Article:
“Prairie Roundup”

July 25, 2008

Very strange opening credit sequence — different/grander music, different font and lay-out on the credits. And a different painted background. It’s not the traditional lone yucca or the city lights in the valley. It features a campfire and three brands (w, o, x) leaning against a rock.

Same old crew though. Comrade Borofsky cut it, Colbert produced and our old friend, and reoccurring bad guy, Fred Sears directs.

However, differences abound in this film. The opening shot is a rare overhead view of the western street (I’ve never seen an elevated camera shot in any of these). Charely rides into town. “I’m looking for a friend of mine, Smiley Burnette.”

Another rarity, a well-executed and long tracking shot through a crowded bar. Fake Durango robs the place. Charley kills Fake Durango. Smiley says, “Steve! Hey, I thought you were the Durango Kid!” “Forget it, Smiley.”

Steve Carson “used to be a Captain of the Texas Rangers before they disabled them,” shouts Smiley. “You remember him, Steve Carson!”

Oh yeah, that Steve Carson.

They arrest Steve for Durango’s murder (is that a trip or what?) and find him guilty and sentence him to hang! Smiley pleads, “all you got to do is tell them that you’re…” But Steve will only woodenly shake his head.

The guys behind the frame-up are from down in Santa Fe, so Steve escapes and heads down there to clear his name.

He dresses up as Durango first and surprises the Sheriff. “Another Durango!”

Smiley apparently was a Texas Ranger as well. He’s also a bad ass in this!

A cowhand is messing with him, pushing him around and says, “Maybe there’s something you don’t like about me?”

Usually, at this point, Smiley would feebly attempt to pull a gun and it would fall apart, or his pants would fall down and he’d whimper. Instead…

“Yeah, your face. If I had a face like that I’d nail a board over it!”

The guy swings. Smiley moves his head. “I’m over here.”

Another swing. Another miss.

“You don’t hit nothing, do you?” Then Smiley kicks his ass. “Fun, ain’t it!”

Steve is surprised. “I never knew you could fight like that.” “I was never that mad before.”

A woman hires Steve as Trail Boss on a cattle drive because “Dad and Steve’s father were old friends.”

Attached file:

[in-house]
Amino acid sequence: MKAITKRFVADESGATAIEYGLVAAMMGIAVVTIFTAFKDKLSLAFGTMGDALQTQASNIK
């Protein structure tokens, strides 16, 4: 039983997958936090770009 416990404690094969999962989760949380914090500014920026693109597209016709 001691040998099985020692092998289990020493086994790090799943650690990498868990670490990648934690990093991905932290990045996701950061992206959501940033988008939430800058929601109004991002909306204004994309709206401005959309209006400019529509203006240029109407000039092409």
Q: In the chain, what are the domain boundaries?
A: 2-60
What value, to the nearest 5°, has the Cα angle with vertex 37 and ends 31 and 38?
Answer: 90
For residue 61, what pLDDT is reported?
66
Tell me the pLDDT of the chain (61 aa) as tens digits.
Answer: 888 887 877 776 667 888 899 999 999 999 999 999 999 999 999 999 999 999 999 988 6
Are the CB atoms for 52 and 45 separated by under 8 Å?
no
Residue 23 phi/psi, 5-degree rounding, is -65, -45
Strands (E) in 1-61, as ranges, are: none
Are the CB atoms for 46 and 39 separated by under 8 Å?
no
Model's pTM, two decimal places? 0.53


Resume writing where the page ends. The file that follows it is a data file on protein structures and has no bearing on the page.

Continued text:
Steve has a father?!

More differences: close-ups, lots of moving cameras, even a dutch angle of horses jumping over the camera and kicking dust into the lens. Someone decided to put a little effort into this one. Why this film? Why 1951? Beats me.

Music is by the Sunshine Boys, who play cowhands on the cattle drive as well.

Courtesy of Columbia Pictures

I wonder where the “Santa Fe” set is — I’ve seen it before as a “Mexican city” in “Bandits of El Dorado”.

At one point, the bad guy hires Durango to kill Steve. Now it’s getting really trippy! Like, wheels within wheels. My head is spinning….

Charles is looking old in this one.

In the end, Steve and Smiley sit by a fire. Smiley wants to “stop all this traipsing around the country getting in trouble.”

Steve says, “You’ll never be happy in one place.”

And I’ll never be happy when Smiley is in the picture.

Courtesy of Columbia Pictures

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One Response to ““Prairie Roundup””

  1. Again you have found two rare photos to illustrate your site. The one shot of Durango covering some guys crouching on the ground doesn’t make sense since one of the guys is holding a guitar. Certainly those aren’t the bad guys but the Sunshine Boys. What’s Durango’s problem? He doesn’t like their singing? The other photo is a group shot which is nice but only from a historical angle. I can’t see the theater owner putting that photo out in front instead of one of Durango on his horse. Usually, the theaters would only put up the one sheet posters outside on either side of the entrance. They might have put up some black and white stills in the lobby, but not a group shot.

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